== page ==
Pep O’ Plant staff tries experimental Oreo flavors


Gracen Rivera

All hands in, a group of students hold their cookies out in a toast to trying new Oreo flavors. Each staff member tried three different types of Oreo cookies and critiqued them during third period.

Caton Gonzalez Madison White

By Chloe-Amelie Aikman, H.B. Plant High School

It’s no secret that Nabisco has been tinkering with their creme formula. Concealed between the iconic, rounded and famously embossed wafers that make up the “Oreo” cookie lies a constant surprise, an experiment with the laws of nature, dessert and processed food in the balance.  

After the birth of the nearly surreal Pina Colada, Cherry Cola and Kettle Corn flavors this May, the Pep O’Plant staff could ignore their calling no longer. Adopting six of the newer flavors of Oreos, each member had a mission: taste, rate and describe these edible twists of the beloved classic. 

Birthday Cake

With an average rating of 4 out of 10, the Birthday Cake Oreo lost the six-flavor race and consistently scored lower than its counterparts. Associated with the adjectives “sickly,” “vile” and “trash” by junior Riley Schofner, few had kinder words to offer. 

“Smells like a birthday cake Yankee Candle,” senior Katy Kasper said. “Not noticeably birthday-cake flavored.” 

What makes a cookie taste like a birthday cake remains a mystery, but the sprinkles embedded inside were much easier to distinguish. 

“Aesthetic contrast between the cookie and funfetti cream,” sophomore Katie Valenti said. “Doesn’t taste like birthday cake but still has a sweet taste.” 

Red Velvet

Narrowly coming out ahead, Red Velvet reviews were perhaps the most divided of all and averaged to a meager 4.8 stars.  With red-saturated wafers and a cream-cheese filling, Oreo calls this cookie “supremely dunkable” in its product description.  

“Tastes kind of bland and artificial with a touch of plastic,” sophomore Jessie Larrinaga said. 

While its sweetness and apparent lack of flavor received the brunt of the criticism, sophomore Emily Malone likened its smell to that of “sour milk” and “the football players’ field house.” Few were on the fence about this cookie, with both extremes offering passionate insight. 

“I met god, and she is this cookie,” junior Alexis Perno said.  

When asked to rate it, Perno spouted seven consecutive 10/10 ratings, each followed by an excess of exclamation points.  

Peanut Butter

Tied for third place with Rocky Road, Peanut Butter scored a close 4.94 out of 10. 

“The smell was not as stomach turning as the Red Velvet, and the appearance of the simple black and brown cookie was appealing,” sophomore Ava Nelson said. “The taste was simple and reminiscent of a Nutter Butter, and once you bit into the crumbling cookie you felt satisfied.”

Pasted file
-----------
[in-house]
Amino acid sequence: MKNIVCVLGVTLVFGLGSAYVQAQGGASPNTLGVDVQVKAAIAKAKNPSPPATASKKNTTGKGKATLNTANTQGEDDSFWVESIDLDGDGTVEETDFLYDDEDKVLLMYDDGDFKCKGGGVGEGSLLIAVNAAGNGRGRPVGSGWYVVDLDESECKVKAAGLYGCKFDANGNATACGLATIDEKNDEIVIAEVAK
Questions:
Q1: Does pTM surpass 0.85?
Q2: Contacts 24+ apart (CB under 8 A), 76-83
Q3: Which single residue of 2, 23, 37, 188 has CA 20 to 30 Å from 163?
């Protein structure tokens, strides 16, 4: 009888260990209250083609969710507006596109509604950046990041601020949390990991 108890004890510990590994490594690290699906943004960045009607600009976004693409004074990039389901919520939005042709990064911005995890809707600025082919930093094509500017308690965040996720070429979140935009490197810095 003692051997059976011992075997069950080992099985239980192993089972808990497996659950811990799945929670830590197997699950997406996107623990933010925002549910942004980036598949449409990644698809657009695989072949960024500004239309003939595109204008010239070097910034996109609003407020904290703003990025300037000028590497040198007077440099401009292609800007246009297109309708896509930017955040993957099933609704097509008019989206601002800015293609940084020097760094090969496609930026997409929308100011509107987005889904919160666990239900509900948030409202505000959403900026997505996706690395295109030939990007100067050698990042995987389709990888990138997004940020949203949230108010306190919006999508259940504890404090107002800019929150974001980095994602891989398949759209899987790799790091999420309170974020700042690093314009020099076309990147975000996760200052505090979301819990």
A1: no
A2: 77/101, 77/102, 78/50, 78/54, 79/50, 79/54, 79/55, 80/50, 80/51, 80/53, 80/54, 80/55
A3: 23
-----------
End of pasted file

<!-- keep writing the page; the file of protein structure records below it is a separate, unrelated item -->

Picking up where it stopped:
Clearly not as radical as other Oreo flavors known to be circulating shelves, the simplicity of the Peanut Butter Creme cookie disappointed more than it surprised. 

“This cookie is just as boring as its name,” senior Isabella Ank said. “Although the chocolate crust gave it a tad bit of sweetness, this failed to offset the ugly taste of peanut butter.” 

Rocky Road

Matching the Peanut Butter Creme with an identical 4.94 average score, the reception for Oreo’s Rocky Road Trip cookie was just that: rocky.  

“It’s pretty good, but I mostly just taste chocolate,” sophomore Addie Robey said. “Also, there are some weird chunks of nuts.” 

Filled with a chocolate creme, marshmallow pieces and soy nuts, this Oreo variation was released July 23 this year. Some went as far to label it as unpleasant, with a lingering flavor that senior Caton Gonzalez described as an “aftertaste of Styrofoam.” 

“If I was stuck on an island with only these, I would starve to death,” junior Graham Hill said.   

Chocolate Peanut Butter Pie

Chocolate Peanut Butter Pie came in second with a score of 5.88, and its components are best said in the words of those who tried it. 

“Graham cracker, peanut butter, then chocolate?” senior Chad Mendez said. “I don’t like it.” 

While there was disagreement as to its quality, some commented that its flavors were less processed than its synthetic siblings, earning it a place among the top. 

“Fantastic,” senior Thompson Draper said. “Tastes actually good and natural.” 

Chocolate Peanut Butter Pie is one of many to join the Nabisco nut-flavored family, some of its notable members being the PB&J, Reese’s Peanut Butter Cup and Double Delight Oreos.  

“These were the best,” sophomore Hartley Hill said. “I would still rather eat regular Oreos.” 

Cinnamon Bun

With the highest score by far, the Cinnamon Bun Oreo “takes the cake” with a 7.41 average score and the most consistently positive reviews in the race. 

“It has a creamy texture inside,” junior Nicole Prus said. “When I eat these Oreos, it reminds me of fall.” 

Simply designed, one might mistake this cinnamon cookie with a Golden Oreo. Others, like sophomore Vendela Busbee, compare its smell and taste to Christmas and the baking of gingerbread cookies. 

“Very clean presentation,” senior Tegan Fannin said. “Love the minimalism.” 

The difficulty of capturing a flavor as delicate as cinnamon, but as sweet as the well-known glazed pastry it’s modeled after, may have led to its singular flaw. 

“It tastes like every other cinnamon flavored item I’ve ever had,” sophomore Avery Franks said. 

Regardless, the Cinnamon Bun Oreo was, without question, the most well-received cookie. While the future of Oreos is certain to be rife with the new and the unusual, followers can look forward to the rumored Peppermint Bark cookie coming on the horizon. 

This story was originally published on The Pep O’ Plant on November 1, 2018.